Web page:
1-7 of 7 results  for:

  • Quaker (other) x
Clear all

Article

Barton, John (1789–1852), political economist and botanist, was born on 11 June 1789 in Southwark, London, the son of John Barton (1755–1789) and his second wife, Elizabeth, née Horne (1760–1833). He was the half-brother of Maria Hack, children's writer, and Bernard Barton, poet. The elder ...

Article

Bellers, John (1654–1725), political economist and cloth merchant, was probably born in Philpot Lane, near Gracechurch Street, London, the eldest of three children of Francis Bellers (1616–1679), merchant and Quaker, and his wife, Mary Read. His father was from Alcester, Warwickshire, and, besides accumulating substantial wealth as a merchant and trader after his migration to ...

Article

Carter, Sir Charles Frederick (1919–2002), economist and university administrator, was born on 15 August 1919 at 277 Clifton Road, Rugby, Warwickshire, the youngest of three sons of Frederick William Carter (1870–1952), electrical engineer, and his wife, Edith Mildred, née Cramp, a Quaker from ...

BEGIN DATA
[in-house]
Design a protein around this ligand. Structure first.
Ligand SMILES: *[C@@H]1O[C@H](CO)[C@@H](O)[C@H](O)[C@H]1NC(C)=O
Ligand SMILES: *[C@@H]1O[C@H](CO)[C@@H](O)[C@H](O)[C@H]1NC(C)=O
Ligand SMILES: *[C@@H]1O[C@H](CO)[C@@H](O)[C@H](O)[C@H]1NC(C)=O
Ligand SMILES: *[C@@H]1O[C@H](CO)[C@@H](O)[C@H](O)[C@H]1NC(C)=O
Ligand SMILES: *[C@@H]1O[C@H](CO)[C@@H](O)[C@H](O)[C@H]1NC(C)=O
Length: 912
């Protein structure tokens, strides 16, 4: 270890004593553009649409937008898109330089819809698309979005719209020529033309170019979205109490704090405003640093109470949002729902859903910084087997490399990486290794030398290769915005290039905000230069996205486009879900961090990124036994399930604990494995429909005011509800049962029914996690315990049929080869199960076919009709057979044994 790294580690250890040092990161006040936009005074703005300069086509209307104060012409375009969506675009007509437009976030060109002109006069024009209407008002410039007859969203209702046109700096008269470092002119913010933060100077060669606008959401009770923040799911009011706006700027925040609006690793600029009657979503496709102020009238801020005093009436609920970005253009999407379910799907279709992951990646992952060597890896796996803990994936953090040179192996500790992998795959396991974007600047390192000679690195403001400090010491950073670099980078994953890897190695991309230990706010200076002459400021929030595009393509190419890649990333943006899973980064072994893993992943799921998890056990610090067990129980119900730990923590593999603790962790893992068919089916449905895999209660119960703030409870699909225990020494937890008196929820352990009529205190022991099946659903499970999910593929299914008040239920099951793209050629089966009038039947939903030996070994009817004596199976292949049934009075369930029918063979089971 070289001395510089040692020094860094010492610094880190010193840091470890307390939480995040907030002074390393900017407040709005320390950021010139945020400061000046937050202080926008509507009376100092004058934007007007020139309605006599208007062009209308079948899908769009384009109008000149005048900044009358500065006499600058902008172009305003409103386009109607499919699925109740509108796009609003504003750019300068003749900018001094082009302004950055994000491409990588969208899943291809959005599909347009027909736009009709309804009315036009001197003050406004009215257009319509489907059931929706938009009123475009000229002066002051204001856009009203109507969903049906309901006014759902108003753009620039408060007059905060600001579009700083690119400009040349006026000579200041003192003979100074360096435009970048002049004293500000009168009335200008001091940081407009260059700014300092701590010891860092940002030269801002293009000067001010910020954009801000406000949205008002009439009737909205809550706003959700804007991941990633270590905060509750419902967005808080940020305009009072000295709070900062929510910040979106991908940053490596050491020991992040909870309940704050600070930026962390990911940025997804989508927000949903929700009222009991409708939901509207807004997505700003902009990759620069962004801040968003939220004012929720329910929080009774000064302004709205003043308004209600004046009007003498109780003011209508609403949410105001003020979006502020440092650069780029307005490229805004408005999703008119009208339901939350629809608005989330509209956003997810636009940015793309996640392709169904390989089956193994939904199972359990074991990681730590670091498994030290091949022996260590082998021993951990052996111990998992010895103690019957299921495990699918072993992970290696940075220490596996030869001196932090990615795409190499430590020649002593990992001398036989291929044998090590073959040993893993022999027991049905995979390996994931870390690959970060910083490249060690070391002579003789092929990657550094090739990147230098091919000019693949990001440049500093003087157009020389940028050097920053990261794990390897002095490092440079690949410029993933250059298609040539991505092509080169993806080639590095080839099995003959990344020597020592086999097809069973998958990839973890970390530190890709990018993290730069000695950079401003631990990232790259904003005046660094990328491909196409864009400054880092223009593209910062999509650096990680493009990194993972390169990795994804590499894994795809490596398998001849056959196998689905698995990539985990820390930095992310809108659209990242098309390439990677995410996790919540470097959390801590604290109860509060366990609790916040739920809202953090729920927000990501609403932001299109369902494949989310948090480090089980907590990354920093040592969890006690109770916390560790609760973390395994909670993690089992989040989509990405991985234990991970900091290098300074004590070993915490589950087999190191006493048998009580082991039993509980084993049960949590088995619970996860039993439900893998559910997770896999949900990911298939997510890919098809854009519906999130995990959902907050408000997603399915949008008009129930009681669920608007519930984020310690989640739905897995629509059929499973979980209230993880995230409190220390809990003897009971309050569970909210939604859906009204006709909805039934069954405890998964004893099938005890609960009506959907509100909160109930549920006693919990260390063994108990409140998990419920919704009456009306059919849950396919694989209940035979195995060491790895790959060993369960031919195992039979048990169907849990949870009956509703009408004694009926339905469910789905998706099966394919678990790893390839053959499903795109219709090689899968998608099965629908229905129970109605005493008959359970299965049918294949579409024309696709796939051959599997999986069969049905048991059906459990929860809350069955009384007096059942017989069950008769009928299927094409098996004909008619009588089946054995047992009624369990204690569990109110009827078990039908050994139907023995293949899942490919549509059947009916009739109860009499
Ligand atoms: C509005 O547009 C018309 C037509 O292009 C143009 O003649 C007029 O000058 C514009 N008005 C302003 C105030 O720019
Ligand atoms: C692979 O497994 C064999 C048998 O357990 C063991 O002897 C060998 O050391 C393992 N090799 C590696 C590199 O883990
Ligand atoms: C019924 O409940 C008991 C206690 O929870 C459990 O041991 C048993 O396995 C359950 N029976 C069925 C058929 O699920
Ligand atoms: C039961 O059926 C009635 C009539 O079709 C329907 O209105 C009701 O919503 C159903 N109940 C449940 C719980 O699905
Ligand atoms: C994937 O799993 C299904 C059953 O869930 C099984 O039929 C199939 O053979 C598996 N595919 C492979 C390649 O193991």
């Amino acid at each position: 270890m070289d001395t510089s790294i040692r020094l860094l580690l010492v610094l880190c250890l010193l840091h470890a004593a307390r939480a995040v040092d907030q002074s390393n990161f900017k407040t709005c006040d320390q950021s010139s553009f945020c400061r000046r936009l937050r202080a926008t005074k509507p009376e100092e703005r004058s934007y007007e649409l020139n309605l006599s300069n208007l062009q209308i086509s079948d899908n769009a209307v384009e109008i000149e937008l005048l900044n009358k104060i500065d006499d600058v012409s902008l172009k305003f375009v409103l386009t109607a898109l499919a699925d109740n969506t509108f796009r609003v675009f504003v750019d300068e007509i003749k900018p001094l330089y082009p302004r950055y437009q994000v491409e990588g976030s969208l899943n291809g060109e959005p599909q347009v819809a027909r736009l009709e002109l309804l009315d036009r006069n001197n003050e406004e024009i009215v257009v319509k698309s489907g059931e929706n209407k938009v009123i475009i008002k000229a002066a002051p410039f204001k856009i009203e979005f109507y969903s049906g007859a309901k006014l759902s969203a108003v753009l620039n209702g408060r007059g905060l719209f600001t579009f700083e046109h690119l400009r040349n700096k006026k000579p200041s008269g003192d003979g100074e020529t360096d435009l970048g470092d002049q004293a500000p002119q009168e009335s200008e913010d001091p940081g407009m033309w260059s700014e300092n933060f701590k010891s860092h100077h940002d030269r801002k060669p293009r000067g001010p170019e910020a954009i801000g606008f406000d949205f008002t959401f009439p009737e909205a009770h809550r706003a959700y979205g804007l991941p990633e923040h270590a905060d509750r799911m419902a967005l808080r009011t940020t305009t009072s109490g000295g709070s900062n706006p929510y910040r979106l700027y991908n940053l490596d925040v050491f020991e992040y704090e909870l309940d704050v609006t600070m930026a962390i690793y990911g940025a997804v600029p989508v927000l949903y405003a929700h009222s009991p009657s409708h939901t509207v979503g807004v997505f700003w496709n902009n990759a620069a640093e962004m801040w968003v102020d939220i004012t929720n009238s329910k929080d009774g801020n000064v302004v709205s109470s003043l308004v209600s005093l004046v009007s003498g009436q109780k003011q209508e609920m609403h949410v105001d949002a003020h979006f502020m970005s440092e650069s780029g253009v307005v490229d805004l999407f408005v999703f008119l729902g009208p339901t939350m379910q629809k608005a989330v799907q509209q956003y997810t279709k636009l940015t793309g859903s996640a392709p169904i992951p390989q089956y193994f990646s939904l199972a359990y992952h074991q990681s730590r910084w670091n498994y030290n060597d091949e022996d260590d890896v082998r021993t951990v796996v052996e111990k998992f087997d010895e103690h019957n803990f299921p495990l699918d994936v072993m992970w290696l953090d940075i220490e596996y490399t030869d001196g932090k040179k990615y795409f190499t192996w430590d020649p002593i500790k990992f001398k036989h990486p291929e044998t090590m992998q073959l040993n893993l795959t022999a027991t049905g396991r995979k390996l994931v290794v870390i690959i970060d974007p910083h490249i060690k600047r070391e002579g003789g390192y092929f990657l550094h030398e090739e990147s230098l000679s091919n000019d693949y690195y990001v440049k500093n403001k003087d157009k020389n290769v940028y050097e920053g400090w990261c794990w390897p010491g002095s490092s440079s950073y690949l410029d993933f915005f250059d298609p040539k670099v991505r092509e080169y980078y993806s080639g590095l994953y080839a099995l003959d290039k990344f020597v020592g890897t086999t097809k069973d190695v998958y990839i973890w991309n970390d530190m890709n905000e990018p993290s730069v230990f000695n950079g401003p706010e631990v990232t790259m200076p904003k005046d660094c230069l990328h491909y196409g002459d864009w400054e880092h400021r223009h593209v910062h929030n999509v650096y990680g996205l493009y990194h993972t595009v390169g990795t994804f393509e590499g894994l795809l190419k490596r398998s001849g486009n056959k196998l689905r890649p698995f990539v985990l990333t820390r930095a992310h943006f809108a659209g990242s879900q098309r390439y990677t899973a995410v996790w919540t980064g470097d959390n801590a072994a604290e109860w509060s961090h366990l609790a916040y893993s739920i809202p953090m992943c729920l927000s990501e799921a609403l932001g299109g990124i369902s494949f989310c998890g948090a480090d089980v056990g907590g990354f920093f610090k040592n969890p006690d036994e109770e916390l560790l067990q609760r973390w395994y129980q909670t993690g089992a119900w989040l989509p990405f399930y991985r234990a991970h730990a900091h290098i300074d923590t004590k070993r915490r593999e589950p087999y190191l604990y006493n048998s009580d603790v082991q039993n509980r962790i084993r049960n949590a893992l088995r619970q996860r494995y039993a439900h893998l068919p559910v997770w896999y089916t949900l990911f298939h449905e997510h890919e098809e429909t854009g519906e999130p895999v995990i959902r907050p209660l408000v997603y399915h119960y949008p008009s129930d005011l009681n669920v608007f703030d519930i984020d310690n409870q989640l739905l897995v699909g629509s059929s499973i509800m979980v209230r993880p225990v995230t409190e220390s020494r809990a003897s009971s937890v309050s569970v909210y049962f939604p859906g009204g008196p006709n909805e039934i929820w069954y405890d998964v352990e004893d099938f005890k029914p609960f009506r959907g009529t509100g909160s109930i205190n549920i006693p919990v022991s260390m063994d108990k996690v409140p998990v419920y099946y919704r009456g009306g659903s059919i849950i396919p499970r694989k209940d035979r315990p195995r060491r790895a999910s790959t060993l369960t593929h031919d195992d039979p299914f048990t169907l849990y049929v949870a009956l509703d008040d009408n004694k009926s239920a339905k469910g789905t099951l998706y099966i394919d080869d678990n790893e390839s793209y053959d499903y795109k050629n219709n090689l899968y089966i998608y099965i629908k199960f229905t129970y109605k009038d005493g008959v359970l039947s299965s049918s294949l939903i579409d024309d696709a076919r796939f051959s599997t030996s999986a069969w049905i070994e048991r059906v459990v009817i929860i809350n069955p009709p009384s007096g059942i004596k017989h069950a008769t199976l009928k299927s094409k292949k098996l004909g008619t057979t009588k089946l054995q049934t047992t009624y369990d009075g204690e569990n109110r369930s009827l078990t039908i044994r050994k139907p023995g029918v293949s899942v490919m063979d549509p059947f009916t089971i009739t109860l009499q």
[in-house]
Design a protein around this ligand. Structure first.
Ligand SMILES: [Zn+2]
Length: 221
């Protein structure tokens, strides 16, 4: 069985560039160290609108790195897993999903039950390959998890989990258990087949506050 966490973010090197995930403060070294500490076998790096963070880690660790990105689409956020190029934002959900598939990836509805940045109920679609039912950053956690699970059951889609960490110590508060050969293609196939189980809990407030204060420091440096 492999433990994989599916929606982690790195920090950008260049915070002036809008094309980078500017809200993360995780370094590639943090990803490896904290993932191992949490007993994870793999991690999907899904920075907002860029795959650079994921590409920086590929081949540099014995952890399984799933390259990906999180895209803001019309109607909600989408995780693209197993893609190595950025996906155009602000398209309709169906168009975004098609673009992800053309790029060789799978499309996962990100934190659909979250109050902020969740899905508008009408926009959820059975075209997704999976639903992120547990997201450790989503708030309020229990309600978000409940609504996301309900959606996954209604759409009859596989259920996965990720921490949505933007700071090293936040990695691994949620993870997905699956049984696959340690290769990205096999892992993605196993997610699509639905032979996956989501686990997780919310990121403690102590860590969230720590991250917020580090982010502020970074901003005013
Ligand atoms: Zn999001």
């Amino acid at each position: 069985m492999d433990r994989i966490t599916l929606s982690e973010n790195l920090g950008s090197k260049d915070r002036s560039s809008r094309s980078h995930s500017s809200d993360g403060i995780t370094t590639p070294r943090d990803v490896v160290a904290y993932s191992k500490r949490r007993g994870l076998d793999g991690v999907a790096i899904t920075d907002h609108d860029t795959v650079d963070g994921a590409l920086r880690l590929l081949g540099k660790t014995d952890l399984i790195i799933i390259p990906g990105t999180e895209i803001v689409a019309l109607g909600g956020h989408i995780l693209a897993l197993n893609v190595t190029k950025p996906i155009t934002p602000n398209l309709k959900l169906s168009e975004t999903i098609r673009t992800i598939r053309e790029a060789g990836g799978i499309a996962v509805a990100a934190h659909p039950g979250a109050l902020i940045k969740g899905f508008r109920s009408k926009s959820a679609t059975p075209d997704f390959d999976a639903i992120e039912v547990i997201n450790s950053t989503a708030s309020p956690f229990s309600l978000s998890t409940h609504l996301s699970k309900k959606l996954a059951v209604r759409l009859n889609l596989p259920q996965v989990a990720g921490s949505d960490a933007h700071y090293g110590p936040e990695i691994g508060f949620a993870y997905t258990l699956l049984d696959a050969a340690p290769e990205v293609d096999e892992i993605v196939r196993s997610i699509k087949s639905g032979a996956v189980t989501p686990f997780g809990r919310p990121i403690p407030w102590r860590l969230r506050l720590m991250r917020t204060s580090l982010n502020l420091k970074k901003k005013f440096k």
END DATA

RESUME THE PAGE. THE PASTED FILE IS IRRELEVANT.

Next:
Article

Wakefield, Daniel (1776–1846), barrister and writer on political economy, was born in the spring of 1776, in Tottenham, Middlesex. He was the youngest of three children in the family of Edward Wakefield (1750–1826), merchant, and his wife, the writer Priscilla Wakefield (1750–1832), daughter of ...

Article

Wakefield, Edward (1774–1854), philanthropist, land agent, and writer on political economy, was born in Tottenham, Middlesex. He was the elder son of Edward Wakefield (1750–1826), merchant, and the writer Priscilla Wakefield (1750–1832), daughter of Daniel Bell. Daniel Wakefield was his younger brother. Edward...

Article

Wilson, James (1805–1860), economist and politician, was born on 3 June 1805 at Hawick, Roxburghshire, the fourth son of the fifteen children of William Wilson (1764–1832), woollen manufacturer, and his wife, Elizabeth Richardson (d. 1815). From 1816 to 1820 he attended a Quaker school at ...

Image

James Wilson (1805–1860) by Sir John Watson-Gordon, 1858 © National Portrait Gallery, London